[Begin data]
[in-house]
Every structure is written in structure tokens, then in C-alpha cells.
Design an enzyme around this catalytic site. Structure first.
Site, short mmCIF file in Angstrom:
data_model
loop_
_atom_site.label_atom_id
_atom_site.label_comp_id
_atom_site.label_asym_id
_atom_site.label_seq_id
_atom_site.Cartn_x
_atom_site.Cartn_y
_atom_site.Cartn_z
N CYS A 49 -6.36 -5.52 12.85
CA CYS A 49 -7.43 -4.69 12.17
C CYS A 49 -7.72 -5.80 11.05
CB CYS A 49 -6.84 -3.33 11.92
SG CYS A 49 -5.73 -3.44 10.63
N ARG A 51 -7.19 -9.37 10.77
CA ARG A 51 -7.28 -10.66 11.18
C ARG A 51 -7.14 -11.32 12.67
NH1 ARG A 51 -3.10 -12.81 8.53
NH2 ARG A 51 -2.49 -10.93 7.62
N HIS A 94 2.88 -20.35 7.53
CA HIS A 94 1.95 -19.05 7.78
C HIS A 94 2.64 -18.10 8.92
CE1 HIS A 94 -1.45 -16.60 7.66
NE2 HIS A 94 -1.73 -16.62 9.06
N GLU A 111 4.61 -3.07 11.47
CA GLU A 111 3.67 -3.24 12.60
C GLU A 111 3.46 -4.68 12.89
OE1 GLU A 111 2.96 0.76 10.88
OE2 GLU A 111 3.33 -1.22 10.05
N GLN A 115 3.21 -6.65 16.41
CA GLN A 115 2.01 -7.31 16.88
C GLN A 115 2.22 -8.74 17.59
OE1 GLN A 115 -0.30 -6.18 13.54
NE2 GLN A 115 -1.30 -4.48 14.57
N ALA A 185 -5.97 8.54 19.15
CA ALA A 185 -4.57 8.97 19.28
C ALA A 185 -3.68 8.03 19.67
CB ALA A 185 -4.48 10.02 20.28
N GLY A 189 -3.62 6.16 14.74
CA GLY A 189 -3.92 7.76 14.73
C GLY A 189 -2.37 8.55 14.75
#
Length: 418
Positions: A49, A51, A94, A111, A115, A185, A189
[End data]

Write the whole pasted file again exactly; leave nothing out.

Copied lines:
[in-house]
Every structure is written in structure tokens, then in C-alpha cells.
Design an enzyme around this catalytic site. Structure first.
Site, short mmCIF file in Angstrom:
data_model
loop_
_atom_site.label_atom_id
_atom_site.label_comp_id
_atom_site.label_asym_id
_atom_site.label_seq_id
_atom_site.Cartn_x
_atom_site.Cartn_y
_atom_site.Cartn_z
N CYS A 49 -6.36 -5.52 12.85
CA CYS A 49 -7.43 -4.69 12.17
C CYS A 49 -7.72 -5.80 11.05
CB CYS A 49 -6.84 -3.33 11.92
SG CYS A 49 -5.73 -3.44 10.63
N ARG A 51 -7.19 -9.37 10.77
CA ARG A 51 -7.28 -10.66 11.18
C ARG A 51 -7.14 -11.32 12.67
NH1 ARG A 51 -3.10 -12.81 8.53
NH2 ARG A 51 -2.49 -10.93 7.62
N HIS A 94 2.88 -20.35 7.53
CA HIS A 94 1.95 -19.05 7.78
C HIS A 94 2.64 -18.10 8.92
CE1 HIS A 94 -1.45 -16.60 7.66
NE2 HIS A 94 -1.73 -16.62 9.06
N GLU A 111 4.61 -3.07 11.47
CA GLU A 111 3.67 -3.24 12.60
C GLU A 111 3.46 -4.68 12.89
OE1 GLU A 111 2.96 0.76 10.88
OE2 GLU A 111 3.33 -1.22 10.05
N GLN A 115 3.21 -6.65 16.41
CA GLN A 115 2.01 -7.31 16.88
C GLN A 115 2.22 -8.74 17.59
OE1 GLN A 115 -0.30 -6.18 13.54
NE2 GLN A 115 -1.30 -4.48 14.57
N ALA A 185 -5.97 8.54 19.15
CA ALA A 185 -4.57 8.97 19.28
C ALA A 185 -3.68 8.03 19.67
CB ALA A 185 -4.48 10.02 20.28
N GLY A 189 -3.62 6.16 14.74
CA GLY A 189 -3.92 7.76 14.73
C GLY A 189 -2.37 8.55 14.75
#
Length: 418
Positions: A49, A51, A94, A111, A115, A185, A189